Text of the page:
Monday, 17 January 2011

The ‘Brokeback Coalition’, is it for real?

When the Conservative party formed a coalition government with the Liberal Democrats after the May 2010 election failed to supply Tories with their much desired majority, I don’t think any of us quite expected the public ‘bromance’ between David Cameron and Nick Clegg which blossomed almost immediately afterwards. Despite casually insulting each other and their party’s policies throughout the election campaign, with Cameron once calling Clegg his ‘favourite joke’, especially on the three live television debates, Cameron and Clegg appeared to immediately put the past behind them and get stuck in on the small matter of running the country.

Although in the public interest this may be, some, including myself may perceive this as a desperate move by the power starved Lib Dem’s, to seize what may be their first and last opportunity to be in power and influence UK government policy. Is the friendship between our Prime Minister and Deputy Prime Minister built to last, or is it just a ‘friends with benefits’ deal, which is liable to break down when either party’s main principles are significantly compromised? So far, there is no sign of this happening, as the recent bill for the rise in the university tuition fee cap to £9000 has shown that the Lib Dem’s are more than willing to sacrifice their dignity and public support to stay on amicable terms with their coalition partners.

We will never know the exact words exchanged back in May 2010, when Cameron and Clegg sealed the deal and decided to commit to forming first coalition government in 70 years, but one can guess that Cameron’s suggestions were more than likely compromising to the majority of Lib Dem policies. Despite this, it is apparent that the Lib Dem’s are managing to ‘water down’ some of the more right wing policies of the original Conservative manifesto, such as raising the inheritance tax threshold to £1m, which has now been put back, and they will likely hold a referendum on switching to the AV voting system, which was previously opposed by the Tories.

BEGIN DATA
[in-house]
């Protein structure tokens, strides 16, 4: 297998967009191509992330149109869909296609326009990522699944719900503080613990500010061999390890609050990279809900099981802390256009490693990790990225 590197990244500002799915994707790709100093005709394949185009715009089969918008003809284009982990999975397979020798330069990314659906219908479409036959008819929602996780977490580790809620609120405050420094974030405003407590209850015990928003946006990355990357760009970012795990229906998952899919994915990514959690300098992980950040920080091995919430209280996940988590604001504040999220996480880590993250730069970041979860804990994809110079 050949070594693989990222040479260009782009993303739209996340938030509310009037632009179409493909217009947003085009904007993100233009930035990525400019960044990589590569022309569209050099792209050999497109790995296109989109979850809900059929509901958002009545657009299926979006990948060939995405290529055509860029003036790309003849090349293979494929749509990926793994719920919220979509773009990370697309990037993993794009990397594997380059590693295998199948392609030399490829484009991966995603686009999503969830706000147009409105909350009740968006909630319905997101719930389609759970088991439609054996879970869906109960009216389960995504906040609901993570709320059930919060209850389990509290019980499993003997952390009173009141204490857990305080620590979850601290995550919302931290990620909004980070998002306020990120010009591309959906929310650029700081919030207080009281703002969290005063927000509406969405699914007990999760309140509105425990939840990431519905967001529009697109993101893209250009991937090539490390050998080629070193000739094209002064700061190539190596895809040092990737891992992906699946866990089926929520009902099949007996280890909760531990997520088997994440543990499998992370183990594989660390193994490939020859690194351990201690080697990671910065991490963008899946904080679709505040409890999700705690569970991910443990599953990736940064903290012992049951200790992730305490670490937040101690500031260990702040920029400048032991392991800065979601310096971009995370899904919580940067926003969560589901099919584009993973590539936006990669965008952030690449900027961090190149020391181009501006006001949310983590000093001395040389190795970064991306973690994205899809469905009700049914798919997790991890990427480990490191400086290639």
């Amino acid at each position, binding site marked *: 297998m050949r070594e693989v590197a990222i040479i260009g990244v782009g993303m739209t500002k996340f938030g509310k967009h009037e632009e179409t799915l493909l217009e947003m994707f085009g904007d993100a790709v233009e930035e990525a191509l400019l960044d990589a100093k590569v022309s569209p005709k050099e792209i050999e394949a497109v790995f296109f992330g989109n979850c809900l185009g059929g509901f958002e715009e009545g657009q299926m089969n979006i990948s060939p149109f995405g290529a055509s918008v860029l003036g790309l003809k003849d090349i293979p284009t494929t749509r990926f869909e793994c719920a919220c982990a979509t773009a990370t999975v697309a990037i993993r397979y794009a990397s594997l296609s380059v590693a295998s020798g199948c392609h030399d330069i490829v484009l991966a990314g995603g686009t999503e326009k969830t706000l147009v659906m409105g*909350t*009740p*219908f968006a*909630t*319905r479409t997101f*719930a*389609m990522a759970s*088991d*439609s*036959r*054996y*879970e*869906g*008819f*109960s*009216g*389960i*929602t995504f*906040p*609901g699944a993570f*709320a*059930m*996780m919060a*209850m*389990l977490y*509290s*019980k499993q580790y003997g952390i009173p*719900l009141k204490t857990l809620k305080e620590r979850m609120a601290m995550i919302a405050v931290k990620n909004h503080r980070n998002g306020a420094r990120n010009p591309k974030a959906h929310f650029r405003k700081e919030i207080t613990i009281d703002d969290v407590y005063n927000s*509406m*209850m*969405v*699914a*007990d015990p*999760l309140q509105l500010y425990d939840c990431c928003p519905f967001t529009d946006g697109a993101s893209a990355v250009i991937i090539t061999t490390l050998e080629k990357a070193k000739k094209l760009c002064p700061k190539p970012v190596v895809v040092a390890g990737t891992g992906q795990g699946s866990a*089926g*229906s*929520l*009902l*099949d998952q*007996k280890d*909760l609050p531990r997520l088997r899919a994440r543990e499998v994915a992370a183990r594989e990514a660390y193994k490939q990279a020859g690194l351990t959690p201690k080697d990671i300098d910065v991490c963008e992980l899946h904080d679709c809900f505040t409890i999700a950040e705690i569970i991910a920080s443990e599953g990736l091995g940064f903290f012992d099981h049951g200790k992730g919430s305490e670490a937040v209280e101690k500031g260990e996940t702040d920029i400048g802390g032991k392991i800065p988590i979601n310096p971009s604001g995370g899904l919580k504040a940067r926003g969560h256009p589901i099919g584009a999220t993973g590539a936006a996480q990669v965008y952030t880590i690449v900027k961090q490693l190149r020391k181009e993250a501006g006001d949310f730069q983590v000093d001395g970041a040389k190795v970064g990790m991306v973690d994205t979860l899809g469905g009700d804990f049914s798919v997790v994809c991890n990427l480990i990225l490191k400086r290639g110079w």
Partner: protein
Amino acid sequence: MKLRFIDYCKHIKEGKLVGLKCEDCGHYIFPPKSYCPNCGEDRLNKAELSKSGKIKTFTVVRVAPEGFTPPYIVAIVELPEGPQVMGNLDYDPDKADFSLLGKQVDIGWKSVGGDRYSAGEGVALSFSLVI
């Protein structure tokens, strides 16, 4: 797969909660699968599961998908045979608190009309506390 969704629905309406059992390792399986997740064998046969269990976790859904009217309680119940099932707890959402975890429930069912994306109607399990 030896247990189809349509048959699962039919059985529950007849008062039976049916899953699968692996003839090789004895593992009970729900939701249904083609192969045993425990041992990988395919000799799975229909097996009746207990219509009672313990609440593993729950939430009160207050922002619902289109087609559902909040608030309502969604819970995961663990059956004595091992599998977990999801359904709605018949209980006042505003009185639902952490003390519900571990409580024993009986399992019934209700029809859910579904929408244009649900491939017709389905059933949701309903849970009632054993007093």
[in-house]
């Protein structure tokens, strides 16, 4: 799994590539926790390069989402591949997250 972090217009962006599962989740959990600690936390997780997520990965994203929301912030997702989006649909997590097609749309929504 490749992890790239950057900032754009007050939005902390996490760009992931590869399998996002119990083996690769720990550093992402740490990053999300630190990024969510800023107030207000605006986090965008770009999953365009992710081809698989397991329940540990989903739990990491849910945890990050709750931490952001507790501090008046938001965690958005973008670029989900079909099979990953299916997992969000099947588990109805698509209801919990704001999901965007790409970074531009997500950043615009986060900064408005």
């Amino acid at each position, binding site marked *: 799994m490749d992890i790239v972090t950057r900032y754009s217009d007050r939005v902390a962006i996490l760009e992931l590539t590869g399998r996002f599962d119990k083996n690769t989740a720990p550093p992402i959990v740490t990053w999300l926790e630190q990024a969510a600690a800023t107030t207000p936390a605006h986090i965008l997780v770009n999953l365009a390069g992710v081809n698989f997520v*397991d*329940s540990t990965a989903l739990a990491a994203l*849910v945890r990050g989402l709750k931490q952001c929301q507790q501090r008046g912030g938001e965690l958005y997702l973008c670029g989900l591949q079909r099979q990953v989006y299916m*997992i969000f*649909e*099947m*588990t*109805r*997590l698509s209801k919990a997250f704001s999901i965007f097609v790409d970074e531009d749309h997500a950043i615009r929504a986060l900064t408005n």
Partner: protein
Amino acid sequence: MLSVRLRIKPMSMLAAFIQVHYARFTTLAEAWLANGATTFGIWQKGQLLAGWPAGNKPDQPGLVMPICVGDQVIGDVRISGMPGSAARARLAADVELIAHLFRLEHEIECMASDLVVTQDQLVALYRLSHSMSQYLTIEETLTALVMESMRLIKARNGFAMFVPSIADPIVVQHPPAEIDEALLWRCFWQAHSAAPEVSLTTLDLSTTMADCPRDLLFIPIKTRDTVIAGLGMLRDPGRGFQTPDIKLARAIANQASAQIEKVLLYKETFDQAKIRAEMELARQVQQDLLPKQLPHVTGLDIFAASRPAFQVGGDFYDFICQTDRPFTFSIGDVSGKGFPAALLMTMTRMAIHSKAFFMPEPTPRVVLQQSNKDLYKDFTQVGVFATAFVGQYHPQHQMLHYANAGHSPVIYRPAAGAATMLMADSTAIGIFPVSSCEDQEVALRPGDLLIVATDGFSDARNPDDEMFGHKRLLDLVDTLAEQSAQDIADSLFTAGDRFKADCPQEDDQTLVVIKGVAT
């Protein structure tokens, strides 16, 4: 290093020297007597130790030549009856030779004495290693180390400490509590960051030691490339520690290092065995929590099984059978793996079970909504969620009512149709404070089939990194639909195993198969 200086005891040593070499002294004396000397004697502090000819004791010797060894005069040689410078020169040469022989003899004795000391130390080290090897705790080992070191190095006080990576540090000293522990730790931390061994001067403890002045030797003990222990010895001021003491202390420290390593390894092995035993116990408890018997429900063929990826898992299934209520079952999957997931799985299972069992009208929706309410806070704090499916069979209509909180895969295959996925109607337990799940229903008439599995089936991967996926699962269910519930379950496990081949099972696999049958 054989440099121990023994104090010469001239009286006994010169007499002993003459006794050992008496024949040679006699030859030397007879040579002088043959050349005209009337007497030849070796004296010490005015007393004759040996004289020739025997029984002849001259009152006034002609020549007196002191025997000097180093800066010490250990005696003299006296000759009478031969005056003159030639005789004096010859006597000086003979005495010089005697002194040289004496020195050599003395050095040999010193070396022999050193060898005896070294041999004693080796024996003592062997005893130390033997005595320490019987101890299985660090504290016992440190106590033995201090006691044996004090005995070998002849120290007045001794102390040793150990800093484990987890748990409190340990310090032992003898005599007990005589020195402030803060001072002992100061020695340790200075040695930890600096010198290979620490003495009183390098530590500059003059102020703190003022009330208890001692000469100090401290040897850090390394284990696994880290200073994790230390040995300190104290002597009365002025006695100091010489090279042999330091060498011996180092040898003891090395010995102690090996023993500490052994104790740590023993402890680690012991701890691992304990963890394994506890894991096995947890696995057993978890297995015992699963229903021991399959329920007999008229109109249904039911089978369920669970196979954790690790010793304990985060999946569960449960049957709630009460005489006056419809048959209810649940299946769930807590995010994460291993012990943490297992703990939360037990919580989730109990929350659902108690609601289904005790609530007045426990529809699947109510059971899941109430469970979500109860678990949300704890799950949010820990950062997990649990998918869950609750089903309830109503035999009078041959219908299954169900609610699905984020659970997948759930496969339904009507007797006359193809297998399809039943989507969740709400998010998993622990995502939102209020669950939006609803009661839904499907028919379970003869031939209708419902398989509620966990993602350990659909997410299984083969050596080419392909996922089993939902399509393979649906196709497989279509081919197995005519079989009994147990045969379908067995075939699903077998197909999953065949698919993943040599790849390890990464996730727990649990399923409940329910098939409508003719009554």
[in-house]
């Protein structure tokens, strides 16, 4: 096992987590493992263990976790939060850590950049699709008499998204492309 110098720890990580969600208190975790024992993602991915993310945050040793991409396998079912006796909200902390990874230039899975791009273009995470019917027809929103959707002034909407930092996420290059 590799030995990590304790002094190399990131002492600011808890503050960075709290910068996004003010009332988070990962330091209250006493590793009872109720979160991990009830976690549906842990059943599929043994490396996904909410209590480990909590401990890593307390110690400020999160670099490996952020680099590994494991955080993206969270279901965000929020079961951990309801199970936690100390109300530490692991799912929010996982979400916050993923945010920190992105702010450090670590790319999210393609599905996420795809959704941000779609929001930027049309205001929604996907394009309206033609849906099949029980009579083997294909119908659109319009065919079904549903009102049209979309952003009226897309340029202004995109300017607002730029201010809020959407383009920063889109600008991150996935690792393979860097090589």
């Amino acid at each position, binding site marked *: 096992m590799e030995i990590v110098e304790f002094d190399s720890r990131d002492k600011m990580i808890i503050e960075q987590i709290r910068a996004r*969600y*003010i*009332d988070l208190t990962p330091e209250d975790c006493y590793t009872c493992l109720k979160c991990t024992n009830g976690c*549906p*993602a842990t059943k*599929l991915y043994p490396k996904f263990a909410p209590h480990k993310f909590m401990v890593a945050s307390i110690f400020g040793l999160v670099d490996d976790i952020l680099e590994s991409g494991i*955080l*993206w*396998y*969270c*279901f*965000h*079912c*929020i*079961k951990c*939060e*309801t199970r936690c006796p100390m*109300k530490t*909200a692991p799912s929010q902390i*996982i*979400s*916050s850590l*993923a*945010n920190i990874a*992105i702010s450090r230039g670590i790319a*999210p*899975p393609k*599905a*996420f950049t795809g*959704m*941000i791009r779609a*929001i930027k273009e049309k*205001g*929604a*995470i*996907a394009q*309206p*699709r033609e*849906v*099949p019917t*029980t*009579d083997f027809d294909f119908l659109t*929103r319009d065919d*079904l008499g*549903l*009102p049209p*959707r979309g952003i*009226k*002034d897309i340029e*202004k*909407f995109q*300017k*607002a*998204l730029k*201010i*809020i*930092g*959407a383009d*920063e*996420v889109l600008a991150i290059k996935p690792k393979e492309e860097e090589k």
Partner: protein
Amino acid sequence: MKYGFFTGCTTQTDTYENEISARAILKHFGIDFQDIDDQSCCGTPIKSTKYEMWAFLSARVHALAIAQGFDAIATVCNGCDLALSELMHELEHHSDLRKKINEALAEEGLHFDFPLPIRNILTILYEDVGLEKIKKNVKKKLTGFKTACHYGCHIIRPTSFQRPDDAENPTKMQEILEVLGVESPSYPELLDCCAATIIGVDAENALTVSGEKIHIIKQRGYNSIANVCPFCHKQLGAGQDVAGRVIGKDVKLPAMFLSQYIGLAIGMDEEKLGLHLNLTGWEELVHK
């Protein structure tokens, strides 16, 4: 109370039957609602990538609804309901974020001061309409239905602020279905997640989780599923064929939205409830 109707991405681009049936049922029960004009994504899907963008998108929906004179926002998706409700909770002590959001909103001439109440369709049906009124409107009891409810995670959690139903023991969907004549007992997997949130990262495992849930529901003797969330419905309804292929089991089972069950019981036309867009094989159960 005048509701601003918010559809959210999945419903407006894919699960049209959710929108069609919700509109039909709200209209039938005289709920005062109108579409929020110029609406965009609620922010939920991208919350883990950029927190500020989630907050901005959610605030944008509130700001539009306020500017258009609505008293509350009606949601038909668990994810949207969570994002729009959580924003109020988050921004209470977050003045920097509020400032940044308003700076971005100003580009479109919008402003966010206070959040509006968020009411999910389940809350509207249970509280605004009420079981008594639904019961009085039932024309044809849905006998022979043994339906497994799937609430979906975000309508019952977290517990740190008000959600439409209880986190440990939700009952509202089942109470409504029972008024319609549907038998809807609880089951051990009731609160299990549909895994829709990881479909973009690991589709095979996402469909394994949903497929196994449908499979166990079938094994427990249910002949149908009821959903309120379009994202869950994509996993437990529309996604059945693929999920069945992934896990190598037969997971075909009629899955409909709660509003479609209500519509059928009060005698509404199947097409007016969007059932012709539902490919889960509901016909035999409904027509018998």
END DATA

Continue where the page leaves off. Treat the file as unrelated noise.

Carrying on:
Shunning the criticisms from former shadow home secretary David Davis that this ‘Brokeback Coalition’ is not in the public interest, Cameron and Clegg insist that the phrase does not capture the true spirit of the coalition which is “two separate parties led by two separate leaders, recognising that this country is facing some very difficult short-term challenges”. Only time will tell if this so called ‘sprit’ and enthusiasm for reigniting our economy and bettering our country as a whole can last a full parliamentary term, but so far things are certainly looking promising. There is no doubt in mind my however, that come the next election, whenever that may be, that the popularity of the Liberal Democrats will not compare to that seen in the run up to the 2010 election.

Many thanks to AW for this post.

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